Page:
That seems simple enough. But for new antibiotics, the very patients who can demonstrate the trial antibiotic is superior to the existing treatment are patients with infections that aren’t responding to the existing treatment.
That creates major ethical concerns. Untreated or inadequately treated microbial infections can worsen within a few hours, creating an imminent risk of sepsis, an extreme and often deadly reaction to an infection. Ethically, people with life-threatening infections must be given the best available treatments. They can’t be enrolled in a double-blind clinical trial where they might end up in a control group that receives the existing treatment if their physician expects that the existing treatment won’t be effective against their infection.
Superiority trials could be ethically conducted when infections are completely resistant to all available therapies. But because such infections aren’t common, conducting clinical trials with only these patients would severely limit the ability to research new antimicrobials.
Second, superiority trials put the research community in pursuit of the wrong goal: a single best antibiotic. What’s needed are multiple new antibiotics and other antimicrobials to successfully treat a wide range of infections in diverse populations and keep ahead of superbugs as they evolve and develop resistance.
Third, traditional clinical trials are effective at delivering life-saving antimicrobials that are better than existing therapies. Daptomycin, dalbavancin, ceftazidime-avibactam, and ceftolozane-tazobactam — all essential antibiotics to treat multidrug-resistant infections — were approved through traditional trials that primarily enrolled people with non-resistant infections. Before these drugs were approved, extensive pre-clinical data demonstrated a high likelihood they would be superior to existing therapies, and clinical trials demonstrated they were as safe and effective as existing treatments. Post-approval data clearly showed these drugs were even superior in patients with life-threatening multidrug-resistant infections.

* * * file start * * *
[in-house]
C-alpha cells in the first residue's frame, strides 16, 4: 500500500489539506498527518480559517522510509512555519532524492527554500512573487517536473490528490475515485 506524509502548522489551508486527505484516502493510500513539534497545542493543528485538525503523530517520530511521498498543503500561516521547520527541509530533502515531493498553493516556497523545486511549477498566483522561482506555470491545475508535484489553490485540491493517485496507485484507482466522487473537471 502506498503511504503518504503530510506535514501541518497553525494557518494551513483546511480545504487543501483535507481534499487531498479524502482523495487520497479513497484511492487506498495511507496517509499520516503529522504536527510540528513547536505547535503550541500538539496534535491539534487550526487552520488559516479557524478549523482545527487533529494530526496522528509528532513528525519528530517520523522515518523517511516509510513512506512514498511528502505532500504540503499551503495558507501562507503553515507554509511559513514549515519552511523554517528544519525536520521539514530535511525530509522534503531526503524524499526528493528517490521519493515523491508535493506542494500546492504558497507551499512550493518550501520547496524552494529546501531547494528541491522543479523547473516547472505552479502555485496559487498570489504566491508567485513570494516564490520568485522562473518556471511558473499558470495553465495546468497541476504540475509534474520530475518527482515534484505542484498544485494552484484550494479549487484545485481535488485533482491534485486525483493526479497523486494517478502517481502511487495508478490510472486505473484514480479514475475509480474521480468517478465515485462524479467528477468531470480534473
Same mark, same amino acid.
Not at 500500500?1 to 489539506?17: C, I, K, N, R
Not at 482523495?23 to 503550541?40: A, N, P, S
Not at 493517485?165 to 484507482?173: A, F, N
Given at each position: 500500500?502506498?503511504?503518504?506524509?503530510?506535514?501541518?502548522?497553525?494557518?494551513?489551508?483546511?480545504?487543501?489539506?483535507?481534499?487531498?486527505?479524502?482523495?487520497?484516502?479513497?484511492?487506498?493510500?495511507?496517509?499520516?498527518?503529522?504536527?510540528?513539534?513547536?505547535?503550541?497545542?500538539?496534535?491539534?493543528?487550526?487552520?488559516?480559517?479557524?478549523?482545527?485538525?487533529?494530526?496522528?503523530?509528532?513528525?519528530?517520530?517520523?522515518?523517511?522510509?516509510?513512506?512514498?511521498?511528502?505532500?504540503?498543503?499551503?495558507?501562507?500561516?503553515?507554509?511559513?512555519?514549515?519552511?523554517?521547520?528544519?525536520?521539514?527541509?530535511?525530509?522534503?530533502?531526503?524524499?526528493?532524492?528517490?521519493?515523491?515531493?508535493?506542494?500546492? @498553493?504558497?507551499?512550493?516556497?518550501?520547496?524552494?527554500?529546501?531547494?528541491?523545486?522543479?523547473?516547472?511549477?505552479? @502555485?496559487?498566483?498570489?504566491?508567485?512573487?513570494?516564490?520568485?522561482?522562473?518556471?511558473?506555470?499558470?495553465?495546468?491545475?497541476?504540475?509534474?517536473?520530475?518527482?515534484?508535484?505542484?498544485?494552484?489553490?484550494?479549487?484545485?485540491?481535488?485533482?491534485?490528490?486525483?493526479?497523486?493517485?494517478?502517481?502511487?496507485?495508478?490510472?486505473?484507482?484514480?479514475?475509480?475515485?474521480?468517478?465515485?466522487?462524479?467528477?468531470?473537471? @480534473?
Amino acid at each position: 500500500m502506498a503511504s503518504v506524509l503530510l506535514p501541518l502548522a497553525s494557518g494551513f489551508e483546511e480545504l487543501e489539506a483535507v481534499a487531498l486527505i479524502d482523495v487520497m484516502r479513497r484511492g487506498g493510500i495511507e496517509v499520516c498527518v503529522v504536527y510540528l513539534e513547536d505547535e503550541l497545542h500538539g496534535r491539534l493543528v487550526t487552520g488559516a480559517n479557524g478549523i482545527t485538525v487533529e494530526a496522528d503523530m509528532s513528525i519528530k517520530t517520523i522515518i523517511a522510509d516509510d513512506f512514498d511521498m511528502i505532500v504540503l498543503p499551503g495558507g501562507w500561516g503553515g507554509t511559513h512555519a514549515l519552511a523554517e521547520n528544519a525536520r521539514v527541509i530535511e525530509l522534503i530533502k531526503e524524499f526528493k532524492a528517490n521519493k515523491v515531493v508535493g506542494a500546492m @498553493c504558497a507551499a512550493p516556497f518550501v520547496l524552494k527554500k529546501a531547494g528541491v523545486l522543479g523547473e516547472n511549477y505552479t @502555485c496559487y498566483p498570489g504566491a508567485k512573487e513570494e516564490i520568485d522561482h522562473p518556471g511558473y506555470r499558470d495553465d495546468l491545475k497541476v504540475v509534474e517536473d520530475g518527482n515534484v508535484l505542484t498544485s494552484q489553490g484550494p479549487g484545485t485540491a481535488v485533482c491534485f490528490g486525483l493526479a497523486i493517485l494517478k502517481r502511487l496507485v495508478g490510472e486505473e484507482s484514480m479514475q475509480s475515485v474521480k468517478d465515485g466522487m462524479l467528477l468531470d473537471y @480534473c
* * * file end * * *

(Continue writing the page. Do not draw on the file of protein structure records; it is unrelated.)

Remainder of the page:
For treating HIV, many antiretroviral drugs have been approved based on their being non-inferior to available therapies. This non-inferiority approach is sound and well established.
There are better ways than superiority trials to collect data to demonstrate that new antimicrobials improve patient outcomes better than existing treatments. Overly prescriptive legislation will not deliver superior antimicrobials. Instead, that will come from leading NIH-funded scientists who are conducting research on how to measure the patient benefits of novel drugs in the context of ethical clinical trials, and biopharma companies that will bring new treatments to market. It will be continued investment in these approaches, the passage of the PASTEUR Act, and funding to support post-approval studies that will truly improve outcomes for people with serious infections.
The Infectious Diseases Society of America, which I lead, along with many other clinician and patient organizations, are calling on Congress to pass the act this year.
Waiting any longer would move the U.S. closer to the brink of a global health catastrophe. This is not the time to make the task of developing new antibiotics and fighting drug-resistant superbugs more difficult than it already is.
Carlos del Rio is an infectious disease physician, executive associate dean of Emory University at Grady Health System, a professor of medicine at Emory University School of Medicine, and president of the Infectious Diseases Society of America.